Far-fetched plot ‘jumps’ to nowhere

Kelly Petryszyn

Courtesy Twentieth Century Fox

Credit: Ron Soltys


Starring: Hayden Christensen, Rachel Bilson, Samuel L. Jackson

Director: Doug Liman

Distributor: Twentieth Century-Fox

Stater rating (out of five): **

Jumper is a middle-of-the-road action flick that tries to woo its viewers with scenes of pretty places and high-tech action. The film makes you motion sick at times, as the scenes flash by so fast.

The story follows David Rice (Hayden Christensen) as a boy with the genetic gift to “jump.” Whether it’s going from the comfort of his bed to the kitchen table or London to Paris, he has the power to go to any destination he wants. Once David learns to use his powers, he lives the high life. He goes from having lunch on top of the Sphinx to riding the waves in Fiji. However, his fun is cut short when a team of jumper-hunters called Paladins, led by Samuel L. Jackson, comes after him. Rice has to viciously fight for his life, while protecting the ones he loves.

This film would have been more interesting if it just concentrated on David’s ability to be wherever he wants. The whole running away from bad guys and the superhero protecting his girl from harm subplots is overdone.

The Paladins seem cult-like and appear slightly ridiculous. Their main purpose in life is to seek and kill jumpers. You would think they would be Blade-esque evil-hunters, but instead you’ve got Samuel L. Jackson and his posse. It comes off as far-fetched. Besides a few good fights, the battle between the Paladins and jumpers is tame.

The cinematography, however, is excellent. There are amazing shots from the top of Big Ben and the Pacific Ocean that make you want to travel the world.

The cast is a strong one but not powerful enough to save this action flick. Christensen’s character lacks depth. Unlike most superheroes who save kids from a burning building, he steals from banks and takes vacations to Rome. His character could have had more spunk or vindictiveness to add interest.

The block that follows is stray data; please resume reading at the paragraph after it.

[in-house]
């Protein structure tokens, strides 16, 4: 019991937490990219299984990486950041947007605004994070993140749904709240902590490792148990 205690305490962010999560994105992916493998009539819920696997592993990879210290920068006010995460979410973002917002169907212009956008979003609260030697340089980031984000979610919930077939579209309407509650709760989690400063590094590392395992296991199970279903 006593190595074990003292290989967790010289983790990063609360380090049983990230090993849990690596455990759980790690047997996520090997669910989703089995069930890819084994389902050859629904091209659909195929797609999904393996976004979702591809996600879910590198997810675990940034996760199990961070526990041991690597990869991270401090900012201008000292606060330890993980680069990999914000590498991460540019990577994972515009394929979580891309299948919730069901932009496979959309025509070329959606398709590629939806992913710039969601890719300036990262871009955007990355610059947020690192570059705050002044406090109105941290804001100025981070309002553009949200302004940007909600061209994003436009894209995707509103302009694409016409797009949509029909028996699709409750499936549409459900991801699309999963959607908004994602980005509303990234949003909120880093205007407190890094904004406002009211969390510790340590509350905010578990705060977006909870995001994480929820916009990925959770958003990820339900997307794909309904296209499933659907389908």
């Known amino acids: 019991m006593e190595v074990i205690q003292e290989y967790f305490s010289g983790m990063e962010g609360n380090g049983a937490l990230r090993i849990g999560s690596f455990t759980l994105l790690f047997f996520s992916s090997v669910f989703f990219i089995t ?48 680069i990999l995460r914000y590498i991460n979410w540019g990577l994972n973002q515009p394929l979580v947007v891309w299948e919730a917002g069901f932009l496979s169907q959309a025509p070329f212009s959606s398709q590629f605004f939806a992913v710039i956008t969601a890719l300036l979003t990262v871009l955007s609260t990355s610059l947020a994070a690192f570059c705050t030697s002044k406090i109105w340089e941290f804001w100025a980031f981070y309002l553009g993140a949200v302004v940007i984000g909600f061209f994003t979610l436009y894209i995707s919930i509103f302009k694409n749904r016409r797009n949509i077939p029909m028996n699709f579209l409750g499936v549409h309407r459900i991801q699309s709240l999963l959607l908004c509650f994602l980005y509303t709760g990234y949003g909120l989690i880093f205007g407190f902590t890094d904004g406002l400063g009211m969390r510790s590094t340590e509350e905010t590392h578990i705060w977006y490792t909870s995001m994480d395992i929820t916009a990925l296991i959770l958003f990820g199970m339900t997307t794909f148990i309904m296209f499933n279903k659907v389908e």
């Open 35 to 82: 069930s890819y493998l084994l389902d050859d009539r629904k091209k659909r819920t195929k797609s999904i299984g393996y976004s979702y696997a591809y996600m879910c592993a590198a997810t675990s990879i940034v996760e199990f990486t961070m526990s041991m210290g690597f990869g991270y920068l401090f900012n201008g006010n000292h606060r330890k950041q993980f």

His love interest, Millie (Rachel Bilson), is his childhood crush who conveniently decides to go to Rome with him after not seeing him since they were kids. Bilson helps Christensen depart from his stiff character every now and again with light-hearted comments.

As the head Paladin, Jackson plays his character with vengeance, out to kill jumpers. It’s hard to take him seriously with a ridiculously fake-looking white hairpiece on his head. To add to the phoniness of his character, he threatens each jumper by saying “only God should have the power to be everywhere at once” before he kills them.

Rice’s fellow jumper friend, Griffin, who helps him take down the evil jumper-hunters, is played by Jamie Bell. He is the most enjoyable character because of his zany personality. Griffin outwits the jumper-hunters by hunting them. Bell adds a bit of vest to this otherwise somber action flick.

Jumper is fun to look at but not fun enough to keep you from jumping out of your seat and heading for the door.

Contact all reporter Kelly Petryszyn at [email protected].